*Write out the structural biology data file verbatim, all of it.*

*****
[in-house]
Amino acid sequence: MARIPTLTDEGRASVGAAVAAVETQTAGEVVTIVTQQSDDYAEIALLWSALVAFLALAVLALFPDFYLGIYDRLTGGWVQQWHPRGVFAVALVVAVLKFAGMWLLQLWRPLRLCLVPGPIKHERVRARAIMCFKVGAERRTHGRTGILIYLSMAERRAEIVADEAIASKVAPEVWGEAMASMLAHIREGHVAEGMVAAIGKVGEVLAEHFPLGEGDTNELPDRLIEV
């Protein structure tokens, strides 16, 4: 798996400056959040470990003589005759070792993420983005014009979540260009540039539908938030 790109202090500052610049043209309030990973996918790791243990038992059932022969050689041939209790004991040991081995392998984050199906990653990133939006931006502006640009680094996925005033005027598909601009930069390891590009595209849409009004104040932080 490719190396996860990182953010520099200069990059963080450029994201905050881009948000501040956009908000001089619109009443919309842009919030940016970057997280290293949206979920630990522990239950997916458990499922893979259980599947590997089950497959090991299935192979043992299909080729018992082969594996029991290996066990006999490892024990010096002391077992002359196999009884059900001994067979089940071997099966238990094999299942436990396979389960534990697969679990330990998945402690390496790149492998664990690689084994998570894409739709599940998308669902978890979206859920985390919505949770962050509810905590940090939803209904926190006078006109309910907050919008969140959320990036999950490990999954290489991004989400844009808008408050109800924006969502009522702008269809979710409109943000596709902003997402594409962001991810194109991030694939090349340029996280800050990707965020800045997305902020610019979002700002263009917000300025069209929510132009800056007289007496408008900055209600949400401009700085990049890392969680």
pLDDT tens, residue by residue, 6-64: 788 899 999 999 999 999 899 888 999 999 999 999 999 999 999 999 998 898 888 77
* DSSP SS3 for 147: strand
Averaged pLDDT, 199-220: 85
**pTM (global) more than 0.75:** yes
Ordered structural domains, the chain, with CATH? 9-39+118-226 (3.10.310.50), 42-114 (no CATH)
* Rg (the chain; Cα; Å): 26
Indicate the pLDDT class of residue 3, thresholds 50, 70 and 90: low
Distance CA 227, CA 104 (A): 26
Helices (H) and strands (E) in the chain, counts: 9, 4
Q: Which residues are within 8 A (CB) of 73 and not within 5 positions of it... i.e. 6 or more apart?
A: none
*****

[in-house]
Amino acid sequence: MARIPTLTDEGRASVGAAVAAVETQTAGEVVTIVTQQSDDYAEIALLWSALVAFLALAVLALFPDFYLGIYDRLTGGWVQQWHPRGVFAVALVVAVLKFAGMWLLQLWRPLRLCLVPGPIKHERVRARAIMCFKVGAERRTHGRTGILIYLSMAERRAEIVADEAIASKVAPEVWGEAMASMLAHIREGHVAEGMVAAIGKVGEVLAEHFPLGEGDTNELPDRLIEV
């Protein structure tokens, strides 16, 4: 798996400056959040470990003589005759070792993420983005014009979540260009540039539908938030 790109202090500052610049043209309030990973996918790791243990038992059932022969050689041939209790004991040991081995392998984050199906990653990133939006931006502006640009680094996925005033005027598909601009930069390891590009595209849409009004104040932080 490719190396996860990182953010520099200069990059963080450029994201905050881009948000501040956009908000001089619109009443919309842009919030940016970057997280290293949206979920630990522990239950997916458990499922893979259980599947590997089950497959090991299935192979043992299909080729018992082969594996029991290996066990006999490892024990010096002391077992002359196999009884059900001994067979089940071997099966238990094999299942436990396979389960534990697969679990330990998945402690390496790149492998664990690689084994998570894409739709599940998308669902978890979206859920985390919505949770962050509810905590940090939803209904926190006078006109309910907050919008969140959320990036999950490990999954290489991004989400844009808008408050109800924006969502009522702008269809979710409109943000596709902003997402594409962001991810194109991030694939090349340029996280800050990707965020800045997305902020610019979002700002263009917000300025069209929510132009800056007289007496408008900055209600949400401009700085990049890392969680």
pLDDT tens, residue by residue, 6-64: 788 899 999 999 999 999 899 888 999 999 999 999 999 999 999 999 998 898 888 77
* DSSP SS3 for 147: strand
Averaged pLDDT, 199-220: 85
**pTM (global) more than 0.75:** yes
Ordered structural domains, the chain, with CATH? 9-39+118-226 (3.10.310.50), 42-114 (no CATH)
* Rg (the chain; Cα; Å): 26
Indicate the pLDDT class of residue 3, thresholds 50, 70 and 90: low
Distance CA 227, CA 104 (A): 26
Helices (H) and strands (E) in the chain, counts: 9, 4
Q: Which residues are within 8 A (CB) of 73 and not within 5 positions of it... i.e. 6 or more apart?
A: none